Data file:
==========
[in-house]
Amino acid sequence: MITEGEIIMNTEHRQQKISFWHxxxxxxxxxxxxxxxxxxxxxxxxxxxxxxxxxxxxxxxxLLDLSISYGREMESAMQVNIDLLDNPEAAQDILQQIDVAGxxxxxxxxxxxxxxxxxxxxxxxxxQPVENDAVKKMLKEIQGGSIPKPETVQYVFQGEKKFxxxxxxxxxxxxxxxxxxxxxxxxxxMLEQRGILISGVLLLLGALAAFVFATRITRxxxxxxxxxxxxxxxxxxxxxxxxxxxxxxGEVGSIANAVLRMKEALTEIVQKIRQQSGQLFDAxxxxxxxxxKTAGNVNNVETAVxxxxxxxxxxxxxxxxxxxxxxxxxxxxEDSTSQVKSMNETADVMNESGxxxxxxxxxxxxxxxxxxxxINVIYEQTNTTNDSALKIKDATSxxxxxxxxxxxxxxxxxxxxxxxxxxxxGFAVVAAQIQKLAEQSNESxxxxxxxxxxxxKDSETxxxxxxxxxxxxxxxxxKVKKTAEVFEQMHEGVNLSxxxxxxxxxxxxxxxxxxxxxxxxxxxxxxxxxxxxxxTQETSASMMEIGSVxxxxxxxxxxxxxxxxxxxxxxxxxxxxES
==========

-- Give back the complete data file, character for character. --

[in-house]
Amino acid sequence: MITEGEIIMNTEHRQQKISFWHxxxxxxxxxxxxxxxxxxxxxxxxxxxxxxxxxxxxxxxxLLDLSISYGREMESAMQVNIDLLDNPEAAQDILQQIDVAGxxxxxxxxxxxxxxxxxxxxxxxxxQPVENDAVKKMLKEIQGGSIPKPETVQYVFQGEKKFxxxxxxxxxxxxxxxxxxxxxxxxxxMLEQRGILISGVLLLLGALAAFVFATRITRxxxxxxxxxxxxxxxxxxxxxxxxxxxxxxGEVGSIANAVLRMKEALTEIVQKIRQQSGQLFDAxxxxxxxxxKTAGNVNNVETAVxxxxxxxxxxxxxxxxxxxxxxxxxxxxEDSTSQVKSMNETADVMNESGxxxxxxxxxxxxxxxxxxxxINVIYEQTNTTNDSALKIKDATSxxxxxxxxxxxxxxxxxxxxxxxxxxxxGFAVVAAQIQKLAEQSNESxxxxxxxxxxxxKDSETxxxxxxxxxxxxxxxxxKVKKTAEVFEQMHEGVNLSxxxxxxxxxxxxxxxxxxxxxxxxxxxxxxxxxxxxxxTQETSASMMEIGSVxxxxxxxxxxxxxxxxxxxxxxxxxxxxES